Thursday 14 December 2017

Energy regulator in talks to cut reconnection fee by half

Shane Hickey

TROUBLED families who have had their gas or electricity cut off will find out in the coming weeks if sharp cuts in the cost of reconnection are to be introduced.

New proposals to halve the charges for reconnecting gas and electricity are currently being examined by the State's energy regulator.

A study by the Commission for Energy Regulation (CER) has shown that there is a steadily increasing number of people who have had their energy supply cut off as the recession continues.

The CER has canvassed the views of the public on a series of proposals that include asking suppliers to help customers manage their bills.

It is expected that a decision on the plans -- which will cut almost €100 off the cost of reconnection -- will be reached within the next two weeks.

More than 2,000 electricity customers are being disconnected every month, while 300 gas meters are being locked.

Last night, a spokesman for the regulator said submissions from various parties had been received and these were being examined before a final decision was made.

It costs an electricity customer €86 plus VAT to have their supply disconnected and another €88 to be reconnected. Both of these charges have to be paid before supply is restored.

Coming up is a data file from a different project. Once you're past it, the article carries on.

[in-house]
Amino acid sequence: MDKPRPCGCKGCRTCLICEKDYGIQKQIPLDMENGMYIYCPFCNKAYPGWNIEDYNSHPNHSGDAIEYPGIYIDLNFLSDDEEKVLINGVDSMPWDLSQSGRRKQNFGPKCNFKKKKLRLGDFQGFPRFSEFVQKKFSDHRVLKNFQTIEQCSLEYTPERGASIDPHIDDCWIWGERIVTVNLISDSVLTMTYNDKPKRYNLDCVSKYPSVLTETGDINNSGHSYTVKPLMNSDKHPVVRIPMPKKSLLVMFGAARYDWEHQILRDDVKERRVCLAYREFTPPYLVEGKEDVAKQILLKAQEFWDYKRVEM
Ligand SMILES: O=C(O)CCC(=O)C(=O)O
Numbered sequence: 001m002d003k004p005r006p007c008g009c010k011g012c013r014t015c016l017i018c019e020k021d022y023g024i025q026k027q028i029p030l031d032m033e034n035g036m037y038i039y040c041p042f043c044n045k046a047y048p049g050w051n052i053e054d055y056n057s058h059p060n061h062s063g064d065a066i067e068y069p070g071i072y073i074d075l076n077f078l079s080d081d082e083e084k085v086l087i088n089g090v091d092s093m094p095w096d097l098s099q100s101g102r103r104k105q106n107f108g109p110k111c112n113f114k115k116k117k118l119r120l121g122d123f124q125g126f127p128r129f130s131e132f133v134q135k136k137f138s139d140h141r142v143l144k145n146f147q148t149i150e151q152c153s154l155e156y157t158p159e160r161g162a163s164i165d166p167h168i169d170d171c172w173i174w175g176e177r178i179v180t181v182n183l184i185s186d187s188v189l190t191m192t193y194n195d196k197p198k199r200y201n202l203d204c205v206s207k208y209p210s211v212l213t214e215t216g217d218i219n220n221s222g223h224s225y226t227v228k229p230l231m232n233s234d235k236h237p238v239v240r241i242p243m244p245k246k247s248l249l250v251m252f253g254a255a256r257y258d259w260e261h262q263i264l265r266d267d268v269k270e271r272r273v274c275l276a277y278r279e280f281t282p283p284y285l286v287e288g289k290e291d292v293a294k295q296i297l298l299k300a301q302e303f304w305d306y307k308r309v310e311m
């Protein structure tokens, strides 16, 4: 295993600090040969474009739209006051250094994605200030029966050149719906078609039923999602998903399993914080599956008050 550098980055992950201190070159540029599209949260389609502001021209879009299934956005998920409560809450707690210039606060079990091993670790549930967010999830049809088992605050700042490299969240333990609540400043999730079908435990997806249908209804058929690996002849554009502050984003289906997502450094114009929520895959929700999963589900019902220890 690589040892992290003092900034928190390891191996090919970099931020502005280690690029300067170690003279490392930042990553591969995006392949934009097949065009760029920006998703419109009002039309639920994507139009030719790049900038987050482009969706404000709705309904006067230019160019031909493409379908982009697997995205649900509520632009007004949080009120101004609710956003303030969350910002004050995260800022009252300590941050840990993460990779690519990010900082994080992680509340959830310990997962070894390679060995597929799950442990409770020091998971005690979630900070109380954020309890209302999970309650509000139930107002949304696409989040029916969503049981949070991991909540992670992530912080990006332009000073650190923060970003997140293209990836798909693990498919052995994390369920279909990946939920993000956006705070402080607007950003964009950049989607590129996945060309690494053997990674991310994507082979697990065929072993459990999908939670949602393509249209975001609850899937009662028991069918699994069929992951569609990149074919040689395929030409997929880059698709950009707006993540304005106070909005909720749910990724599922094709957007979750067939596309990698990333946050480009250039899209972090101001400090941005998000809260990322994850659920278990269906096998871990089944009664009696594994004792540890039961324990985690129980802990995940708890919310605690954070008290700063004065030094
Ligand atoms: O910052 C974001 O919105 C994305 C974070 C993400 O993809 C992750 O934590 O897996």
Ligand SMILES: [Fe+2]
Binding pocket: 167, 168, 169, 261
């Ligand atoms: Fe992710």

"We issued a consultation paper on this matter a number of weeks ago, on foot of the large number of disconnections, to assist customers in paying their bills and preventing disconnections happening," the spokesman said.

The CER said the number of customers in debt who have been disconnected for non-payment was "unacceptable".

The proposals have been opposed by some quarters of the energy market.

It is expected that the submissions to the proposal will also be published when the decision -- which will be reached by the CER -- is agreed.

The body has said the costs of reconnecting energy supplies were adding to other money problems people are facing.

"Currently the charges for disconnection, and reconnection, place an additional cost burden on the customer, compounding existing debt," the submission said.

"While a significant proportion of completed disconnections may pertain to vacant premises (reflective of trends in emigration and returning migrant workers), there are unacceptable numbers of customers in debt being disconnected for non-payment."

The plans were "emergency measures" in the middle of a recession, said the CER, and should be reviewed in a year.

The CER also wanted energy suppliers to refer customers to charities where necessary and use "plain English" in correspondence.

Irish Independent

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